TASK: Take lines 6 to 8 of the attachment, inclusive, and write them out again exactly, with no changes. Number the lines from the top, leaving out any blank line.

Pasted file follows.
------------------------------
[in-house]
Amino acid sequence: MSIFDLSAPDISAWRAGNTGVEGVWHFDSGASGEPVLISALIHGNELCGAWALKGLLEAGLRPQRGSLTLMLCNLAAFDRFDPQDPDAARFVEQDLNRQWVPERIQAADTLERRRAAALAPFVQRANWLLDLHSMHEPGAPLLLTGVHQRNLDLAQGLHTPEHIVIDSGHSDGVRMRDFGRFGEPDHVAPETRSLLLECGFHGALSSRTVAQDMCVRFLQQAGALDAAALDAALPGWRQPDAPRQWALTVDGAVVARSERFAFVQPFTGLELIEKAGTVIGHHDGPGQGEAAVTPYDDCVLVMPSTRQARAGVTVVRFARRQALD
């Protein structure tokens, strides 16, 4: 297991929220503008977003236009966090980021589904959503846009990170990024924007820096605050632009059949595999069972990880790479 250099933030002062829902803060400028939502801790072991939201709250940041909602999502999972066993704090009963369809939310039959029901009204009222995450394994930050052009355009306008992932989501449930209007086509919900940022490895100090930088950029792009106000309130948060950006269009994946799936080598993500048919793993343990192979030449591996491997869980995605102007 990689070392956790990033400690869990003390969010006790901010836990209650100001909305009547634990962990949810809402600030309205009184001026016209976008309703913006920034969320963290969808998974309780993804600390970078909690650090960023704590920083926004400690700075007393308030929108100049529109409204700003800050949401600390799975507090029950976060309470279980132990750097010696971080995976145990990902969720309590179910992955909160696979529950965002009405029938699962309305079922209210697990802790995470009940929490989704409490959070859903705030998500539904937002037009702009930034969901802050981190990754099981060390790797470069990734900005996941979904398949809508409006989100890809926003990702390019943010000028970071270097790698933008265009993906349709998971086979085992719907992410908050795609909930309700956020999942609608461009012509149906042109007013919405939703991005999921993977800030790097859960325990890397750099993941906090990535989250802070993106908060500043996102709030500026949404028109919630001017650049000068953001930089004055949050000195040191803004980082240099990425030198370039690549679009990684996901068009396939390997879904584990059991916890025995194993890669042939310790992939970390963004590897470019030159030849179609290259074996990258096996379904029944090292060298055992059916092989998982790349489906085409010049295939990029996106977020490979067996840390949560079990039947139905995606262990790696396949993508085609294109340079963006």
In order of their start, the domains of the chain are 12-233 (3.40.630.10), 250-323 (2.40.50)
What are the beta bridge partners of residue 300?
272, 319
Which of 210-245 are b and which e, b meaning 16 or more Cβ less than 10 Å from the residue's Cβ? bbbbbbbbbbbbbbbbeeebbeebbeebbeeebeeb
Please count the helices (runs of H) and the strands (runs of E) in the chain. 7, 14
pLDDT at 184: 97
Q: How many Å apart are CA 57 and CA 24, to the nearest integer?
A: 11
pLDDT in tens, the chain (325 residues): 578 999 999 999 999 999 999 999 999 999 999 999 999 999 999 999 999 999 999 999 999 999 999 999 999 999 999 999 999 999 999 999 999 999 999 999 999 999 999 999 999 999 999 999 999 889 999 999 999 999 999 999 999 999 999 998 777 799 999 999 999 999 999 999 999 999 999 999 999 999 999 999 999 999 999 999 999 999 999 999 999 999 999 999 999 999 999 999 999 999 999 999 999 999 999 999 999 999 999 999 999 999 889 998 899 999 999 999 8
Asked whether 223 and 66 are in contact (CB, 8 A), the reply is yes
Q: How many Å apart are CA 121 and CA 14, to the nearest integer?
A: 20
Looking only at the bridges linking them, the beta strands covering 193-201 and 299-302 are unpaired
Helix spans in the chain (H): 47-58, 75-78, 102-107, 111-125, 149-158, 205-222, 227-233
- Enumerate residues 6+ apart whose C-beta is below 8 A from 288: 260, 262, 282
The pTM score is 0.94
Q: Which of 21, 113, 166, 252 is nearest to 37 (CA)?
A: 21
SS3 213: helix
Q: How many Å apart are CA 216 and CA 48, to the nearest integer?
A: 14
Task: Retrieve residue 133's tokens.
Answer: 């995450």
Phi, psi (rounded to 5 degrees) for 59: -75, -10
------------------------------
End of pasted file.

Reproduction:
272, 319
Which of 210-245 are b and which e, b meaning 16 or more Cβ less than 10 Å from the residue's Cβ? bbbbbbbbbbbbbbbbeeebbeebbeebbeeebeeb
Please count the helices (runs of H) and the strands (runs of E) in the chain. 7, 14